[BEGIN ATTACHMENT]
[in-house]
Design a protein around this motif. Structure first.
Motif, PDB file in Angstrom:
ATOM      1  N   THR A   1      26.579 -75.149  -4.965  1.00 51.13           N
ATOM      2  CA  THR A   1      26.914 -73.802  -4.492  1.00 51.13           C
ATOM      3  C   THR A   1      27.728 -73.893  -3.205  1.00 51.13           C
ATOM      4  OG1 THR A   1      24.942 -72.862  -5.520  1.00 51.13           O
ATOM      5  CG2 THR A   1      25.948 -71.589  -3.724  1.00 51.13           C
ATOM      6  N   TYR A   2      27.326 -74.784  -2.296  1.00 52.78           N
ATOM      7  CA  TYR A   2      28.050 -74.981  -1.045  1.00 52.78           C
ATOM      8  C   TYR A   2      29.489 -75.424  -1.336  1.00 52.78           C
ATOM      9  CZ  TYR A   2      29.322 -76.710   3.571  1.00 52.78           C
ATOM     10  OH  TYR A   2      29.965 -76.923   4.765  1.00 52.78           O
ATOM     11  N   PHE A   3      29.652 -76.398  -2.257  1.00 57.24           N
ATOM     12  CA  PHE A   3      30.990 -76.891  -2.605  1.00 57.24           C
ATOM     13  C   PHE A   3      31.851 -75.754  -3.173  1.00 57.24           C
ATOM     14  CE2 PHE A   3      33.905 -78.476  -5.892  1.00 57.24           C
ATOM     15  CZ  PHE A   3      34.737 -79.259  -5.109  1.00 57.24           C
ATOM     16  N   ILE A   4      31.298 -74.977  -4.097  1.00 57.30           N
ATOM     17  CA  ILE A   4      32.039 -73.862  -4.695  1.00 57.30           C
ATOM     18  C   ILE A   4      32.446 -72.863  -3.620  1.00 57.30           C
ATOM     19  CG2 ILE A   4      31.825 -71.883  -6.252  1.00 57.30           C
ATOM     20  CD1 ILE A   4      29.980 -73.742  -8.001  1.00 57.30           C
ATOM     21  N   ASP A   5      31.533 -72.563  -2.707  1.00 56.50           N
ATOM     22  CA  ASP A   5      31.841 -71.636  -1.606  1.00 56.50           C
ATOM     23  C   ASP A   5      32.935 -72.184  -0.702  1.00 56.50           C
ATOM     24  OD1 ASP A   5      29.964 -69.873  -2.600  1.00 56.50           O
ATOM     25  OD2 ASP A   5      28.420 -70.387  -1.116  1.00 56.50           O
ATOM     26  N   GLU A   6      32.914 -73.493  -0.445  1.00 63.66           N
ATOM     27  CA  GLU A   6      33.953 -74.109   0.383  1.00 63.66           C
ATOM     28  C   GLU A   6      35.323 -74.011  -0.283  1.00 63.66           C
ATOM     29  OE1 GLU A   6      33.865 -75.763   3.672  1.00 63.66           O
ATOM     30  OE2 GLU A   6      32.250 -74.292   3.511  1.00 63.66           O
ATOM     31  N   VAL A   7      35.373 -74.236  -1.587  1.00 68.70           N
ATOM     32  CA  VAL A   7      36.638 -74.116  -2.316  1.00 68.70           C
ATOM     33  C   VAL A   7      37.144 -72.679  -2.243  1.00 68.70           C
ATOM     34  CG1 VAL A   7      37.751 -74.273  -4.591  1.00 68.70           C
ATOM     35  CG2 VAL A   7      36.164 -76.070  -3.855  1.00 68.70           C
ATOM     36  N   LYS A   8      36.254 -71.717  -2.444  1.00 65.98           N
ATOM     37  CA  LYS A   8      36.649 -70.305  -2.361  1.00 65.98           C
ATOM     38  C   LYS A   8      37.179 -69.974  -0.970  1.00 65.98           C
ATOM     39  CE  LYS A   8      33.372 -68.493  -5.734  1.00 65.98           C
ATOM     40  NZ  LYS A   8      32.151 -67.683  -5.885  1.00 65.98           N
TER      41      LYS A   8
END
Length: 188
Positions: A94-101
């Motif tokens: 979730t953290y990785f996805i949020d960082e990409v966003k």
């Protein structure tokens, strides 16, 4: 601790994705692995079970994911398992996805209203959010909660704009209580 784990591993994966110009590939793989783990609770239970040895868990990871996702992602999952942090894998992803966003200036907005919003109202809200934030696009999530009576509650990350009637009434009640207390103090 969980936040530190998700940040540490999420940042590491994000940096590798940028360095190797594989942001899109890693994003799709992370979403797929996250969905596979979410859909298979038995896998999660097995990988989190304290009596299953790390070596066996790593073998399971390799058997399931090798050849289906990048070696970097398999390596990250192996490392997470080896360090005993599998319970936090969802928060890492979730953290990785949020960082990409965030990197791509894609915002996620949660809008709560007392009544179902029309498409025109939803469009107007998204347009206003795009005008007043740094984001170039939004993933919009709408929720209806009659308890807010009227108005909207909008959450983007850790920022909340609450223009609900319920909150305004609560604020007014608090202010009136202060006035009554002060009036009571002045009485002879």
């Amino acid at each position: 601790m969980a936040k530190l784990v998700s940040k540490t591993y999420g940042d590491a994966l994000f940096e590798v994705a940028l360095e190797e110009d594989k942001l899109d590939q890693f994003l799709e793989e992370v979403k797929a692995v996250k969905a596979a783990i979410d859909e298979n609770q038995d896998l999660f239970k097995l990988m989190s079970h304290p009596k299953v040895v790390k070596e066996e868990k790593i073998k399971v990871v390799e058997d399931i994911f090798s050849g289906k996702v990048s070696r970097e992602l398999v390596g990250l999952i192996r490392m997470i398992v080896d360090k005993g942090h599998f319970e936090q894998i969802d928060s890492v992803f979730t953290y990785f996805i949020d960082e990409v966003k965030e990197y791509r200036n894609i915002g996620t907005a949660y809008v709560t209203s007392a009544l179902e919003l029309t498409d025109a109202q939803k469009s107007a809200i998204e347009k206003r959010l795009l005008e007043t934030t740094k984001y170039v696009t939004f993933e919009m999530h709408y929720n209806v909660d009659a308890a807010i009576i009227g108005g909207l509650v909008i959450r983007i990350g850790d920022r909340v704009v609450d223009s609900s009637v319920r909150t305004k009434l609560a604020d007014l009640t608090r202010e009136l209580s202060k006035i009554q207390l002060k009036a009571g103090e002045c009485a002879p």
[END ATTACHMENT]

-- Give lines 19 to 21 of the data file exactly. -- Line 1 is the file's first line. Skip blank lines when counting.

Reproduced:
ATOM     16  N   ILE A   4      31.298 -74.977  -4.097  1.00 57.30           N
ATOM     17  CA  ILE A   4      32.039 -73.862  -4.695  1.00 57.30           C
ATOM     18  C   ILE A   4      32.446 -72.863  -3.620  1.00 57.30           C